Get the latest updates as we post them — right on your browser

. Last Updated: 07/27/2016

Turkmen Pipeline Deal Signed

NICOSIA, Cyprus -- The presidents of Iran and Turkmenistan launched a $7 billion project Wednesday to carry Turkmen gas via Iran and Turkey to Europe in what was billed by Tehran as one of the world's biggest energy transfer deals.

Tehran radio said Iran's Akbar Hashemi Rafsanjani and Saparmurat Niyazov of Turkmenistan attended a ceremony south of Tehran where the first hole was dug in the ground.

Both men hailed the project as as a symbol of cooperation in the strategic region stretching from Central Asia to the Gulf and Europe.

"This is one of the biggest energy transfer projects in the world," Tehran Radio quoted Iranian Oil Minister Gholamreza Aqazadeh as saying at the ceremony.

Rafsanjani and Niyazov signed the agreement Tuesday to build the pipeline, which is by far Iran's biggest joint project with Moslem former Soviet republics.

It would take six to eight years to build and cost $7 billion; the section in Iran would cost $3.5 billion, half of which would be financed by Iran, according to Aqazadeh.

"This great project will lead to extensive cooperation in the region -- and this is what world arrogance cannot bear," he said, referring to expressed U.S. concern about the perceived threat of Iran expanding its influence in the newly independent republics of the former Soviet Union.

"I share the (Iranian) president's belief that this project is very important for solidarity and unity of nations and security and stability of the region," the radio quoted Niyazov as saying.

The pipeline is crucial for Turkmenistan whose traditional gas export routes through Russia have been disrupted since the Soviet Union disintegrated in 1991.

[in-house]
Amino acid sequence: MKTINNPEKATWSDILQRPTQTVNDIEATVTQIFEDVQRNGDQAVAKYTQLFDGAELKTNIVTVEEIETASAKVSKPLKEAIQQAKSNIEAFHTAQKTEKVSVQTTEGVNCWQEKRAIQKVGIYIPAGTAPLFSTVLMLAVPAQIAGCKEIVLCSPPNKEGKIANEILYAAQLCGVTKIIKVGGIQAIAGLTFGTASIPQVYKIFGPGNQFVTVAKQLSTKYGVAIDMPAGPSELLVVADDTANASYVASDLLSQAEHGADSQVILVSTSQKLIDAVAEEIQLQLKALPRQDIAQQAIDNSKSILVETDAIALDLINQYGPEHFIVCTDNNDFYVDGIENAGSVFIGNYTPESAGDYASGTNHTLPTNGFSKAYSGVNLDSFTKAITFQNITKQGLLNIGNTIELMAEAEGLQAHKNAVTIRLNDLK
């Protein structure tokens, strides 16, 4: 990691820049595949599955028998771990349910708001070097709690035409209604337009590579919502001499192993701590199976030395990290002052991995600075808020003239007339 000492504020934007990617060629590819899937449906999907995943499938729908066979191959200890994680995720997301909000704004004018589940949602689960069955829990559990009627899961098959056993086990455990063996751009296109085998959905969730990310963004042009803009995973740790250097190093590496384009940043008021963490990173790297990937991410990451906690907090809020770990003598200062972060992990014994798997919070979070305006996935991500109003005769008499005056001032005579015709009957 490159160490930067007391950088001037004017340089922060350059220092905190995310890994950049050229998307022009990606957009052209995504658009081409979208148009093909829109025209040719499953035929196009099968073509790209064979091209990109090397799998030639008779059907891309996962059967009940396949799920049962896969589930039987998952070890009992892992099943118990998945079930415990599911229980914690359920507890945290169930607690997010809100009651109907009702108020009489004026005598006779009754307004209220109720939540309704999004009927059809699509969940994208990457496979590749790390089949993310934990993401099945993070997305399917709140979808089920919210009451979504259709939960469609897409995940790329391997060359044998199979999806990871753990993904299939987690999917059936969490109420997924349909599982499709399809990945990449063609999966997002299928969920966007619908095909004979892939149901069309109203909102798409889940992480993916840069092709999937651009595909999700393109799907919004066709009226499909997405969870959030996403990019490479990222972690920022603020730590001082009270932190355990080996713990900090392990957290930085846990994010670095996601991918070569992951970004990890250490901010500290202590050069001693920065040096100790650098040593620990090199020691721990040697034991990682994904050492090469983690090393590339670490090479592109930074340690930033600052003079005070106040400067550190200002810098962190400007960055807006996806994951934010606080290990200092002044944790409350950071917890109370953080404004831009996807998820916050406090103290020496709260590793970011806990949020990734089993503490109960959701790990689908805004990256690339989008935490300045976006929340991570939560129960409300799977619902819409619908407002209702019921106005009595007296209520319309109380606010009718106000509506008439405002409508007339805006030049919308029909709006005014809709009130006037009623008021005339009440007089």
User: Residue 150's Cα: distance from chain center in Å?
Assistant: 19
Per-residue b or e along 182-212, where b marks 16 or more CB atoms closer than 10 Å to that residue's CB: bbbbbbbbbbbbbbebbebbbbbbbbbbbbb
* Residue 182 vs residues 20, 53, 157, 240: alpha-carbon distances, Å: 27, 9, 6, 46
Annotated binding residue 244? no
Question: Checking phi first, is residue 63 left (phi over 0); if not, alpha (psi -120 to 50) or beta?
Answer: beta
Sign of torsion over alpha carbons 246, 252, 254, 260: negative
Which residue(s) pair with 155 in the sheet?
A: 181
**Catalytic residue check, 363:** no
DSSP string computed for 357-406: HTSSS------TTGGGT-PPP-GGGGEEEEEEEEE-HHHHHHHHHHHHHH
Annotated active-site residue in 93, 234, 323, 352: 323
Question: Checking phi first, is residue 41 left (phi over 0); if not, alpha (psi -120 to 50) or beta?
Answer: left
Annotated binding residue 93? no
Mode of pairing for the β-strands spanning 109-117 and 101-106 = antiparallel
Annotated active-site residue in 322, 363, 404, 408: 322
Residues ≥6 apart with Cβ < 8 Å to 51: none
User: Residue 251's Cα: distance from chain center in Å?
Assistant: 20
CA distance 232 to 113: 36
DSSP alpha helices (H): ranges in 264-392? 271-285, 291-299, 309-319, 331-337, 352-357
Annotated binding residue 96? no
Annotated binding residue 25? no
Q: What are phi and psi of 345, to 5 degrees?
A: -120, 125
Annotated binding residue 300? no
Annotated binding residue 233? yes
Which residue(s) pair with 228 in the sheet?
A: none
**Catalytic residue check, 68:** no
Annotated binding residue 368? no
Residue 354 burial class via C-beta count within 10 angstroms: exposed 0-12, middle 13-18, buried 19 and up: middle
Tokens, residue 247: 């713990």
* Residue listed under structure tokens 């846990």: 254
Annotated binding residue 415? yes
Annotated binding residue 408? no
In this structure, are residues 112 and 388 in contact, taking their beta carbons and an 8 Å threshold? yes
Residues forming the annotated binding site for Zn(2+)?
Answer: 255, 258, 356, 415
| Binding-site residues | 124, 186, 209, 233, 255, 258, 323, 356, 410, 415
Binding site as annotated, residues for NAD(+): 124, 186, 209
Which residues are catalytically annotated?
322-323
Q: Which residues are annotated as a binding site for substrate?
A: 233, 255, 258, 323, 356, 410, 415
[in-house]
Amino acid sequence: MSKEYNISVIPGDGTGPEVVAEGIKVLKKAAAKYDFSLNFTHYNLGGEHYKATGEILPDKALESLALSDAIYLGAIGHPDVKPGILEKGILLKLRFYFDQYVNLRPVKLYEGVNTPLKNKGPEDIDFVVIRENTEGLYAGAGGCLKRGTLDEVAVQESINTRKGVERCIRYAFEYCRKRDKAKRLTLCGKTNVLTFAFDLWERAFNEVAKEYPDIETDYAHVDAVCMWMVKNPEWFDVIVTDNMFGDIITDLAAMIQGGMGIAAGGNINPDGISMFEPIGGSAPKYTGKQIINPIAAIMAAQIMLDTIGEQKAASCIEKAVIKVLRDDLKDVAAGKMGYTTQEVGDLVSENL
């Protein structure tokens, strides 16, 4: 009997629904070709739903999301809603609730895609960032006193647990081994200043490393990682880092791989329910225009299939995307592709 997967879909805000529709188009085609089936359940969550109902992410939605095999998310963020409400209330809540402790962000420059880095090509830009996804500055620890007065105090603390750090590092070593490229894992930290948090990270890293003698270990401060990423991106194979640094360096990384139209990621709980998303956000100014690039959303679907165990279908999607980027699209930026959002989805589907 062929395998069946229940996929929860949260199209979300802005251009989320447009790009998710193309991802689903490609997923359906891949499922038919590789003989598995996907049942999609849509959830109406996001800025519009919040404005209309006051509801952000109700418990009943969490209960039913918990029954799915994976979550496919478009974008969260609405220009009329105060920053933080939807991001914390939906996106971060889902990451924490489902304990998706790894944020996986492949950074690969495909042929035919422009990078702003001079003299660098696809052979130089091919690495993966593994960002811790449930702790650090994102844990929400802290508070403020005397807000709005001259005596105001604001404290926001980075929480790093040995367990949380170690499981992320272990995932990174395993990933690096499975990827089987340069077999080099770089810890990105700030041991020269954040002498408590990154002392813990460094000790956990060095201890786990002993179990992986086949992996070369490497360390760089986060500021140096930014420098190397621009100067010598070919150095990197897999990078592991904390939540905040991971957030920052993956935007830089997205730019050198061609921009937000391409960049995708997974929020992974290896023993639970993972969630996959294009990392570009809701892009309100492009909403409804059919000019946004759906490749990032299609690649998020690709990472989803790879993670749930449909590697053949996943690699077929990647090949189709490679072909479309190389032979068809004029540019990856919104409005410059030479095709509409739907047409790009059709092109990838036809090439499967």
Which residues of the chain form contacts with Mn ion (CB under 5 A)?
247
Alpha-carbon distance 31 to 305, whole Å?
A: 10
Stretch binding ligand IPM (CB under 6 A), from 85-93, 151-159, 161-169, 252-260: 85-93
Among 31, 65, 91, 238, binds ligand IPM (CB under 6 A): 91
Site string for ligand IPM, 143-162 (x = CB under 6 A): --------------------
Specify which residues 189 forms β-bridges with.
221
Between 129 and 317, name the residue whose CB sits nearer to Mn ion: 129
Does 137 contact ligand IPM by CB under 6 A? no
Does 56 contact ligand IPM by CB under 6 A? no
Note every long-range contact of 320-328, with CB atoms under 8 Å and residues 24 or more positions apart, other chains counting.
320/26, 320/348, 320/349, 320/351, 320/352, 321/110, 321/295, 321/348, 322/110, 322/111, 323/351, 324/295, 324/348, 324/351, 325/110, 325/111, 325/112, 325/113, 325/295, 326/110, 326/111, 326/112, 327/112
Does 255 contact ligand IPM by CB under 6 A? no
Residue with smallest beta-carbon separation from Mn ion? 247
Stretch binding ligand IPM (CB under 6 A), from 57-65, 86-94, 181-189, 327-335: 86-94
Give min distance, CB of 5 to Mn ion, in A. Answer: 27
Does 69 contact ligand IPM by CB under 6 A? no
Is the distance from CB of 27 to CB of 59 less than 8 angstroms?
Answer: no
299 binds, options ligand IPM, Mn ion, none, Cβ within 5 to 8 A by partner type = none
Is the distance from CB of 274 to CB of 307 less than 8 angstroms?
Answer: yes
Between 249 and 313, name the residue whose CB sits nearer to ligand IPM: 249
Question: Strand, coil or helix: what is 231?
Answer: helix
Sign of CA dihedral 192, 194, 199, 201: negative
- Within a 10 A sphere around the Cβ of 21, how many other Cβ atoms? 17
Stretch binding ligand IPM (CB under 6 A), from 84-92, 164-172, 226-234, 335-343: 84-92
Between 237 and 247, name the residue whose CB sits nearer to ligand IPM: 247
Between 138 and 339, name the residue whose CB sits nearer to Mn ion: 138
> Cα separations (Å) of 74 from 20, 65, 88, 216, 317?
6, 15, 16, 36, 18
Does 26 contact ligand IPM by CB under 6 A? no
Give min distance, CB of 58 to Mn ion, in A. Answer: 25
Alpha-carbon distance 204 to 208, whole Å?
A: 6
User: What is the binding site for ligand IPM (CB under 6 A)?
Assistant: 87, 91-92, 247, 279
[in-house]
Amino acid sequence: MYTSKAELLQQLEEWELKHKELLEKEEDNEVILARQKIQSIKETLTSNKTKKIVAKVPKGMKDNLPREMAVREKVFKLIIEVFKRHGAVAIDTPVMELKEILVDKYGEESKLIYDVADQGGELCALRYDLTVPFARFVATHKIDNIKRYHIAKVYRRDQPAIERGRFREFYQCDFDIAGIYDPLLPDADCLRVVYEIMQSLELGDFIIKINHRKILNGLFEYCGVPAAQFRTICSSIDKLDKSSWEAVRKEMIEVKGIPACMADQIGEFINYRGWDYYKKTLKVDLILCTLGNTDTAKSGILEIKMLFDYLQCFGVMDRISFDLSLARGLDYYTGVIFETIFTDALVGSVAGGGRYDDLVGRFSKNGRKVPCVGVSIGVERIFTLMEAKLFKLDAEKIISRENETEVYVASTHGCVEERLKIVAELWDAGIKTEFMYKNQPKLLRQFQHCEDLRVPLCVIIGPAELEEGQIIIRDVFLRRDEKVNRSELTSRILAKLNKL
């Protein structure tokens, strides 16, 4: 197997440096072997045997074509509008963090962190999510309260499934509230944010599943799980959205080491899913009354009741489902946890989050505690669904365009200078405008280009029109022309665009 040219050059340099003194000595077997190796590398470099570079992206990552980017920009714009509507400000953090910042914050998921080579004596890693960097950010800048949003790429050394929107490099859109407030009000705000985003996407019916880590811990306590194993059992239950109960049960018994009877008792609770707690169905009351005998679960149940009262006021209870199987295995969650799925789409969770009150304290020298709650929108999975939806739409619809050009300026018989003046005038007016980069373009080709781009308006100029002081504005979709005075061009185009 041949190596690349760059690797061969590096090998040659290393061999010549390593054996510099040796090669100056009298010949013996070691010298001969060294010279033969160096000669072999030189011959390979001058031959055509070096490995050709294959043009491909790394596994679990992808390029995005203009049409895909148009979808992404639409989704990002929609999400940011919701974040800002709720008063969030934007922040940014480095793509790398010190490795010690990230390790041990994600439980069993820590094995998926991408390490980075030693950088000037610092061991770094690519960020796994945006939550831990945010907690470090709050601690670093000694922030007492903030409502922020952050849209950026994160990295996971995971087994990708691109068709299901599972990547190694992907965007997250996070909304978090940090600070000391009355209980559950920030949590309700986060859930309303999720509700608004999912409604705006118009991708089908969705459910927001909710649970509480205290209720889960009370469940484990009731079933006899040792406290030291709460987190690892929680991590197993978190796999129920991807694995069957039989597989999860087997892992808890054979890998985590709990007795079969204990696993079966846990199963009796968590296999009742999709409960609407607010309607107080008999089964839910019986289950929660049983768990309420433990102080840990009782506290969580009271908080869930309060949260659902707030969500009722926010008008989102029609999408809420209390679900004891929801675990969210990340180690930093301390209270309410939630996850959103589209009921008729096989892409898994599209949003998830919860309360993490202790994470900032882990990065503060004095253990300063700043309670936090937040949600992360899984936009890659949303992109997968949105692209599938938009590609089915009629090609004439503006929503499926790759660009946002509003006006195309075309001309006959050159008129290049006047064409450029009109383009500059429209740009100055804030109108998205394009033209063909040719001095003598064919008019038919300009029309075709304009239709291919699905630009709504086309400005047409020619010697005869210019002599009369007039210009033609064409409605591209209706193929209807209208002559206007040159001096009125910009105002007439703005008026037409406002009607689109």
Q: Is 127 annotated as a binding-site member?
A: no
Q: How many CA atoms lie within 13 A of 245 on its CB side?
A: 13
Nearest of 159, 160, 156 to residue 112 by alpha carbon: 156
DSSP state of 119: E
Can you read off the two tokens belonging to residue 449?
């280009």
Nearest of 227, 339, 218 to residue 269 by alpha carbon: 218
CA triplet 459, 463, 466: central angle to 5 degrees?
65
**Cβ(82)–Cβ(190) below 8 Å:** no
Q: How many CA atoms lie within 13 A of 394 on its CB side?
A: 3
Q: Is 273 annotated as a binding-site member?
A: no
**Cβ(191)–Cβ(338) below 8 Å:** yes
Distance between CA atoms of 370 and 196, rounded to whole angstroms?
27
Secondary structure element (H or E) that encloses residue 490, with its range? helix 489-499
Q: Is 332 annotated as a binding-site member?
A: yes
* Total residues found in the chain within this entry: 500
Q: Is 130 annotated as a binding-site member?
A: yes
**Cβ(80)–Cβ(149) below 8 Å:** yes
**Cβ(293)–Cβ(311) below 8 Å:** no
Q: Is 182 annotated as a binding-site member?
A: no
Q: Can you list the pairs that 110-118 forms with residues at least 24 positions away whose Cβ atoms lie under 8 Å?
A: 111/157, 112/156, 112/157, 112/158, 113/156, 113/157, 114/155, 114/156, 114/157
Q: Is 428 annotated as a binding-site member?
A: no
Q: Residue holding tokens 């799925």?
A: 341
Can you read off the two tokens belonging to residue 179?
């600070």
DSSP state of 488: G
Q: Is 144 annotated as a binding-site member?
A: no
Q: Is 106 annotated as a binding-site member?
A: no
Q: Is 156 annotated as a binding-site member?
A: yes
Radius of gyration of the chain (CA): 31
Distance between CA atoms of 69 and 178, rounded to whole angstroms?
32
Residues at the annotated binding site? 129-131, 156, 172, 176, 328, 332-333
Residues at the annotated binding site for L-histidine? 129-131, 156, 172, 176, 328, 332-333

If and when completed, it will provide a new source of income for Iran in transit fees to supplement oil revenue which has been hit by weak crude oil prices in recent years.

Rafsanjani said Iran had the technology to build pipes of up to three meters in diameter for the line.

Aqazadeh said Tuesday that the pipeline would have an initial annual capacity of 15 billion cubic meters and would be expanded to 28 billion cubic meters in a second phase.

The transit fees and some other details of the deal would be decided in meetings over the next few months of a committee of Turkmen, Iranian, Turkish, Russian and Kazakh officials who will oversee the building of the pipeline, he said.

"The pipeline agreement is for 25 years and the understanding is that the ownership of the section in Iran would be transferred to us after that period," Aqazadeh said.

That section would be 1,450 kilometers long, he said, out of a total length of 4,000 kilometers.

Tehran Radio said the pipeline would enter Iran east of the Caspian Sea, pass through the cities of Shahrud and Semnan and bend south of Tehran towards Tabriz and the Turkish border.